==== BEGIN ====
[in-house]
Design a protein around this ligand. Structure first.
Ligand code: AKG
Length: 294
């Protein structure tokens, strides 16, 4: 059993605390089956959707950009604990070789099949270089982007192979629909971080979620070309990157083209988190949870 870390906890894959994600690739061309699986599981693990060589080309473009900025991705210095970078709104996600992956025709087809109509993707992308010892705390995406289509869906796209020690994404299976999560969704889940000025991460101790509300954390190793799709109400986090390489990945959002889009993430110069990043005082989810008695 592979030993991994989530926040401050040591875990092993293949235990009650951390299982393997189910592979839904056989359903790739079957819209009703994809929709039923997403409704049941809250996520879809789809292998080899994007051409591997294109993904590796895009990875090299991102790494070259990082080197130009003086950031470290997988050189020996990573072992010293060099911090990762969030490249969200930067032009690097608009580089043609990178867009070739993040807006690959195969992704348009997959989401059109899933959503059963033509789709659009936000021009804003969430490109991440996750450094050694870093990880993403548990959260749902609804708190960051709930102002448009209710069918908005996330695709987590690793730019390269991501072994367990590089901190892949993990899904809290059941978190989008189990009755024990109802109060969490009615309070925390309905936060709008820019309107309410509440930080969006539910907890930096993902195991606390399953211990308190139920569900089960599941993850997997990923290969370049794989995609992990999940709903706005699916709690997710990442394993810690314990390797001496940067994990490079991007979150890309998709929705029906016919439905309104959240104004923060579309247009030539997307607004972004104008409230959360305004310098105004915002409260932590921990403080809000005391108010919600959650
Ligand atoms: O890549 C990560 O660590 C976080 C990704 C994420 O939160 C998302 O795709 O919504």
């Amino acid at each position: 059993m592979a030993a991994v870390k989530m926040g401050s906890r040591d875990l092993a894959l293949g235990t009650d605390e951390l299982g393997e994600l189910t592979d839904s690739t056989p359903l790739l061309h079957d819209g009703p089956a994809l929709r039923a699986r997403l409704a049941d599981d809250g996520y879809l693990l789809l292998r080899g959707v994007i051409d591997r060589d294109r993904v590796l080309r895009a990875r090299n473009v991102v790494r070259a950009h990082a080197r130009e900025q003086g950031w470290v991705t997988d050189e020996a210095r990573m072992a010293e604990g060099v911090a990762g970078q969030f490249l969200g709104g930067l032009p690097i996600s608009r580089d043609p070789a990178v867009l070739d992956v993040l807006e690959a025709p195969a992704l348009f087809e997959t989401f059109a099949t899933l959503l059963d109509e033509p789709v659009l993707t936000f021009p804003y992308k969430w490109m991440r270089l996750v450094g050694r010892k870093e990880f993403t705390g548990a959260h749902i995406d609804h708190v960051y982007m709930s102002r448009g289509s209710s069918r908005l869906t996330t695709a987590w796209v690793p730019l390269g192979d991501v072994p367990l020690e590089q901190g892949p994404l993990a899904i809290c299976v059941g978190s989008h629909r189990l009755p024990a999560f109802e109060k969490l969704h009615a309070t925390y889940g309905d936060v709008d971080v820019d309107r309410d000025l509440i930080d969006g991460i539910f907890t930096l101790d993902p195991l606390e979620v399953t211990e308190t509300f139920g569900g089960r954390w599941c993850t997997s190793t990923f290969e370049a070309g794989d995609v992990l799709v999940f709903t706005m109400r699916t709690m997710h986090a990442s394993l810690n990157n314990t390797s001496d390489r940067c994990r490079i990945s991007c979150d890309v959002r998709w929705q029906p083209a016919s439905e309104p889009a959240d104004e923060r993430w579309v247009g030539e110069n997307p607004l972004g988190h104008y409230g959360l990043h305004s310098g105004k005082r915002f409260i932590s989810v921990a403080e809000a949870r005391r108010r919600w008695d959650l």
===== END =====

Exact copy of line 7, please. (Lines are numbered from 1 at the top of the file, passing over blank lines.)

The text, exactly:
């Amino acid at each position: 059993m592979a030993a991994v870390k989530m926040g401050s906890r040591d875990l092993a894959l293949g235990t009650d605390e951390l299982g393997e994600l189910t592979d839904s690739t056989p359903l790739l061309h079957d819209g009703p089956a994809l929709r039923a699986r997403l409704a049941d599981d809250g996520y879809l693990l789809l292998r080899g959707v994007i051409d591997r060589d294109r993904v590796l080309r895009a990875r090299n473009v991102v790494r070259a950009h990082a080197r130009e900025q003086g950031w470290v991705t997988d050189e020996a210095r990573m072992a010293e604990g060099v911090a990762g970078q969030f490249l969200g709104g930067l032009p690097i996600s608009r580089d043609p070789a990178v867009l070739d992956v993040l807006e690959a025709p195969a992704l348009f087809e997959t989401f059109a099949t899933l959503l059963d109509e033509p789709v659009l993707t936000f021009p804003y992308k969430w490109m991440r270089l996750v450094g050694r010892k870093e990880f993403t705390g548990a959260h749902i995406d609804h708190v960051y982007m709930s102002r448009g289509s209710s069918r908005l869906t996330t695709a987590w796209v690793p730019l390269g192979d991501v072994p367990l020690e590089q901190g892949p994404l993990a899904i809290c299976v059941g978190s989008h629909r189990l009755p024990a999560f109802e109060k969490l969704h009615a309070t925390y889940g309905d936060v709008d971080v820019d309107r309410d000025l509440i930080d969006g991460i539910f907890t930096l101790d993902p195991l606390e979620v399953t211990e308190t509300f139920g569900g089960r954390w599941c993850t997997s190793t990923f290969e370049a070309g794989d995609v992990l799709v999940f709903t706005m109400r699916t709690m997710h986090a990442s394993l810690n990157n314990t390797s001496d390489r940067c994990r490079i990945s991007c979150d890309v959002r998709w929705q029906p083209a016919s439905e309104p889009a959240d104004e923060r993430w579309v247009g030539e110069n997307p607004l972004g988190h104008y409230g959360l990043h305004s310098g105004k005082r915002f409260i932590s989810v921990a403080e809000a949870r005391r108010r919600w008695d959650l």